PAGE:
Synchronized Smokey Mountain Fireflies

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23 Responses to “Synchronized Smokey Mountain Fireflies”

  1. Takuan says:

    synâ‹…chroâ‹…nize
      /ˈsɪŋkrəˌnaɪz/ Show Spelled Pronunciation [sing-kruh-nahyz] Show IPA verb, -nized, -niz⋅ing.
    –verb (used with object)
    1. to cause to indicate the same time, as one timepiece with another: Synchronize your watches.
    2. to cause to go on, move, operate, work, etc., at the same rate and exactly together: They synchronized their steps and walked on together.
    3. Movies, Television.
    a. to cause (sound and action) to match precisely: to synchronize the sound of footsteps with the actor’s movements.
    b. to match the sound and action in (a scene).
    4. to cause to agree in time of occurrence; assign to the same time or period, as in a history.
    5. to adjust the periodicities of (two or more electrical or mechanical devices) so that the periods are equal or integral multiples or fractions of each other.
    –verb (used without object)
    6. to occur at the same time or coincide or agree in time.
    7. to go on, move, operate, work, etc., at the same rate and exactly together; recur together.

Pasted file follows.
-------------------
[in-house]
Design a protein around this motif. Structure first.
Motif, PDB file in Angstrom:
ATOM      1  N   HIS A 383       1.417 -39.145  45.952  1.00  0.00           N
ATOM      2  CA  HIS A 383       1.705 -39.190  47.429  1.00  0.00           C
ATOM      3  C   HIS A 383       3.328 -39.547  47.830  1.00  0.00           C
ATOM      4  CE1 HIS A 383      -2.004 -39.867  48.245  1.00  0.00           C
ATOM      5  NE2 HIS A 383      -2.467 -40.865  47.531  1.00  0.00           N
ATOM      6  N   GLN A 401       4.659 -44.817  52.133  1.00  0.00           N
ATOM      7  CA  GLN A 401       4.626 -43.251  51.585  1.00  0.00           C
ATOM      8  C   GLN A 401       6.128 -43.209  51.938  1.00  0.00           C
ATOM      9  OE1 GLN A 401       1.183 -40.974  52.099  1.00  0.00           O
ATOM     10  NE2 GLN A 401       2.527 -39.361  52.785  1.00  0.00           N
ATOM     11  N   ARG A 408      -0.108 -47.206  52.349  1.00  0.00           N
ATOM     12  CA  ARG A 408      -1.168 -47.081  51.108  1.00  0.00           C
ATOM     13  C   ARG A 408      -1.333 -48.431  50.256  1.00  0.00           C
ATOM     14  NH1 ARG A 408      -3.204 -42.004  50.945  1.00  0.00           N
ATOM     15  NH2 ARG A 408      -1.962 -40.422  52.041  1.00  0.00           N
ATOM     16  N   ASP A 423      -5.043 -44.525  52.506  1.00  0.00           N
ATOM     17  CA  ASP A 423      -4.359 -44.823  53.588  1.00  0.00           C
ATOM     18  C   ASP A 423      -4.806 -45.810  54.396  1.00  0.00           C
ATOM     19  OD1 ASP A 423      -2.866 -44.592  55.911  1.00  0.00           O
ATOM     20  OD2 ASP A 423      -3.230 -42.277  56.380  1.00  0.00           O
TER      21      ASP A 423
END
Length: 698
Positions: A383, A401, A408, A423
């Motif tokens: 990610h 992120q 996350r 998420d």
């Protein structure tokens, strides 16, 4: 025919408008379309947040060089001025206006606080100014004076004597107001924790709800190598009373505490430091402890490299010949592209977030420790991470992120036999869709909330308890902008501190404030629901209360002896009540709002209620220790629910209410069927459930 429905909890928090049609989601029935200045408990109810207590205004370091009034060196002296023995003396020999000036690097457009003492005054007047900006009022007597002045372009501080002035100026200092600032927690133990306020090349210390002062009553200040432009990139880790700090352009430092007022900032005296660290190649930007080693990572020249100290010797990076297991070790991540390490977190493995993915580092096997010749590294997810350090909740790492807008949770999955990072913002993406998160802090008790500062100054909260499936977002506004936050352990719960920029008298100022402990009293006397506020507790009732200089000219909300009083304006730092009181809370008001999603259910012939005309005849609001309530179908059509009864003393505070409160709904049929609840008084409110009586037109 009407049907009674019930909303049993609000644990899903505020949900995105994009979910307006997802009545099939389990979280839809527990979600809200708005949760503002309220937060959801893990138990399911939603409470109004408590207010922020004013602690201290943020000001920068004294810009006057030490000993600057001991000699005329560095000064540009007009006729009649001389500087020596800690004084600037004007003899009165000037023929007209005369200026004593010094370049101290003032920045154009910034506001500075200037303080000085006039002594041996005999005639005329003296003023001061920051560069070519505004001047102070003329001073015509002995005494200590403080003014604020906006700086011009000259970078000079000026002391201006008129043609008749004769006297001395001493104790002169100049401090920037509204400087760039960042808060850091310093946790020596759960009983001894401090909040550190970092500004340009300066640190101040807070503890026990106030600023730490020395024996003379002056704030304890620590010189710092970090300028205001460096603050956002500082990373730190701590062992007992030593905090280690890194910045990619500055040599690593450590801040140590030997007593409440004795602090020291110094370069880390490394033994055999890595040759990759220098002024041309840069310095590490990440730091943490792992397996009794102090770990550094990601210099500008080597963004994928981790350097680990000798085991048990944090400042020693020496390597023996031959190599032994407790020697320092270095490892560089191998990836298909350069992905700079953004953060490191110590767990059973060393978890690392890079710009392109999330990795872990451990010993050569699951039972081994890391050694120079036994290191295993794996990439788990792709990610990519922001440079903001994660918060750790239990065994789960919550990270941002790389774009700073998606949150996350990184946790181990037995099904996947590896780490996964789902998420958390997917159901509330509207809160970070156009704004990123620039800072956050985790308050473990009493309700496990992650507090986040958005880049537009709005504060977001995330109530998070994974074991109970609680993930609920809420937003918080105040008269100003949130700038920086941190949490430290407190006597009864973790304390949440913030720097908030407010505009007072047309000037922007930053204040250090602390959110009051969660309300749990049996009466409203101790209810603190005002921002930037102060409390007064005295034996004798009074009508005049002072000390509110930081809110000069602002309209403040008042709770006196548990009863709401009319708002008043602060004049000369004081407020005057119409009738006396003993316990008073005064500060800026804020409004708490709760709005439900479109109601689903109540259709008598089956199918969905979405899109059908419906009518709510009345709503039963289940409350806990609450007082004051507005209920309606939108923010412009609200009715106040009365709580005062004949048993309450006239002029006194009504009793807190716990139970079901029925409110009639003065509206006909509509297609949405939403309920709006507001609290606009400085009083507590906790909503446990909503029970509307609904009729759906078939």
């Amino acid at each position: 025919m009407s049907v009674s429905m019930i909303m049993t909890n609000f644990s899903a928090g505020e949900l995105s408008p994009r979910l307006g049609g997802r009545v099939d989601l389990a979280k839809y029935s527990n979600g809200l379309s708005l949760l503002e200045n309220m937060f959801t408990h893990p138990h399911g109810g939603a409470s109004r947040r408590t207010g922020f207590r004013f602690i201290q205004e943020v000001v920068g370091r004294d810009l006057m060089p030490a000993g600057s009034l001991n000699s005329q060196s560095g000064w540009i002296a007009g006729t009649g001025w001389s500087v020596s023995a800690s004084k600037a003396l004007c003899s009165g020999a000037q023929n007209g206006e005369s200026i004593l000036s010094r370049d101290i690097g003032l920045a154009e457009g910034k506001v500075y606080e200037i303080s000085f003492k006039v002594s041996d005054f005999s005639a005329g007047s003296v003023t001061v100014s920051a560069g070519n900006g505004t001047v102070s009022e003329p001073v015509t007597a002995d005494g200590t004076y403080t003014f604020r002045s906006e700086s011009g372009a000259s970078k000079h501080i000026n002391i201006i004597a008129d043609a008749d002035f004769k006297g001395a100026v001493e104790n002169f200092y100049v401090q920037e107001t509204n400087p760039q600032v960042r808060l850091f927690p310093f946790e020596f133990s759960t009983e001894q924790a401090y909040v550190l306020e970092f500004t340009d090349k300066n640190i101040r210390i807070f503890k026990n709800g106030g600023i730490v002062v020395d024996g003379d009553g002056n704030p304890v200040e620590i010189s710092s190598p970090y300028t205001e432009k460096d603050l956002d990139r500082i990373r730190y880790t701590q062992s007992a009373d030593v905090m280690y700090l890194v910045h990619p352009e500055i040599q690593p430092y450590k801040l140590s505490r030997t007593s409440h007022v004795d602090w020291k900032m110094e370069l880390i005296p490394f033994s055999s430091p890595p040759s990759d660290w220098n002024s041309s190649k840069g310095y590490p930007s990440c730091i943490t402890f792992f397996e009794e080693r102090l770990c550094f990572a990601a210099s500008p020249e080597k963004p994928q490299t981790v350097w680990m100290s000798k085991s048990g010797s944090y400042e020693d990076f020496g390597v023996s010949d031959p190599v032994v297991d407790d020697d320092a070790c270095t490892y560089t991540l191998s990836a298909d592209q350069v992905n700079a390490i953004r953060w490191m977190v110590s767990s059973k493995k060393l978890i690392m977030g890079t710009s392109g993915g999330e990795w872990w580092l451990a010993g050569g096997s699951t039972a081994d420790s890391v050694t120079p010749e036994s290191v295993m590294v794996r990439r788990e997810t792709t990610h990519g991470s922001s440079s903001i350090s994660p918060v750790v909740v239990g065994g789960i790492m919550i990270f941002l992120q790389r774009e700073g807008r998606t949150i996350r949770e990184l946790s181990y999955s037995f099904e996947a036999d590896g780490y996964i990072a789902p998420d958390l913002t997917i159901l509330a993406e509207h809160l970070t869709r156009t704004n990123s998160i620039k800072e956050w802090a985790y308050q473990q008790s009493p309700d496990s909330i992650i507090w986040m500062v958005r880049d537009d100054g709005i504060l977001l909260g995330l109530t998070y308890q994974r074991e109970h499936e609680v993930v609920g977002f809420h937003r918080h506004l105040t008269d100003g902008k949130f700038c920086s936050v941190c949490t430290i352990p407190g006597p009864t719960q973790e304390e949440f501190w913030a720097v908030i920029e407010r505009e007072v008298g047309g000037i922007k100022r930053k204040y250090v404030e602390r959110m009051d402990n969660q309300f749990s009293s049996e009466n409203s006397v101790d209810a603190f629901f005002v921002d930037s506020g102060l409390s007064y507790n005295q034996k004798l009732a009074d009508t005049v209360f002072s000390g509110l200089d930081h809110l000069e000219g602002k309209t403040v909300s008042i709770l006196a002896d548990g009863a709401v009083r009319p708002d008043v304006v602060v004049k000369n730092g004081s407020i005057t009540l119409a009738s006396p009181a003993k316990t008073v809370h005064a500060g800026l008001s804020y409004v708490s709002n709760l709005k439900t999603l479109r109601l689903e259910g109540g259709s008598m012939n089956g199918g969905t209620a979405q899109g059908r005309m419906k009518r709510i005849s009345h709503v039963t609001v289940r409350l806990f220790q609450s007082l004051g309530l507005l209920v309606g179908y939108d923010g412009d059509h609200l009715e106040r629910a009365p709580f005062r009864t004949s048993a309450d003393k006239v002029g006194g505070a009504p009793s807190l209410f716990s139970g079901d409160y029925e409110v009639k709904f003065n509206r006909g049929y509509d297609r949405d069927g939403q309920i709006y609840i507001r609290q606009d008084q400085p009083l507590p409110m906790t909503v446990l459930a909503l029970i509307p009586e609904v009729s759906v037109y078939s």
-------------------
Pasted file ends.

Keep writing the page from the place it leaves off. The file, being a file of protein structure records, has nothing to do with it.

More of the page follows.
Also, especially British, synâ‹…chroâ‹…nise.

    Origin:
    1615–25; < Gk synchronízein to be contemporary with, equiv. to sýnchron(os) synchronous + -izein -ize

    Related forms:
    synâ‹…chroâ‹…niâ‹…zaâ‹…tion, noun
    synâ‹…chroâ‹…nizâ‹…er, noun
    Dictionary.com Unabridged
    Based on the Random House Dictionary, © Random House, Inc. 2009.
    Cite This Source
    |
    Link To synchronize

  2. michael.belcher says:

    My girlfriend saw this in southern Illinois some years ago. She was pretty excited to find that it happens elsewhere.

  3. Brainspore says:

    If I were a firefly I’d probably be one of those poor outliers trying helplessly to keep the beat with everybody else.

  4. dculberson says:

    Sources say that it’s pretty amazing to unexpectedly come across this on a hike while high as a kite.

  5. ian_b says:

    this will replace twitter in a few years, we’ll call it blinkroblogging.

  6. Anonymous says:

    Near my sister in laws family farm in Blairsville, GA I noticed a group of thousands of fireflies on one tree near their property on a late night star gazing hike. I’m due to go back up there soon and will hit the spot with my GPS. I’ll be sure to put it up on the atlas…
    –E

  7. Zan says:

    This thread is useless without video

  8. aldasin says:

    Also, if you put on Pink Floyd’s Dark Side of the Moon…

  9. iain010100 says:

    Check out WNYC’s Radiolab podcast on emergence (http://www.wnyc.org/shows/radiolab/episodes/2005/02/18), one of the most fascinating scientific areas of study beautifully explained. In the episode they talk about the synchronous firefly activity as an aspect of emergence.

  10. J France says:

    That was the most awesome video of black and near-black compression artefacts.

    Did I miss anything?

  11. Anonymous says: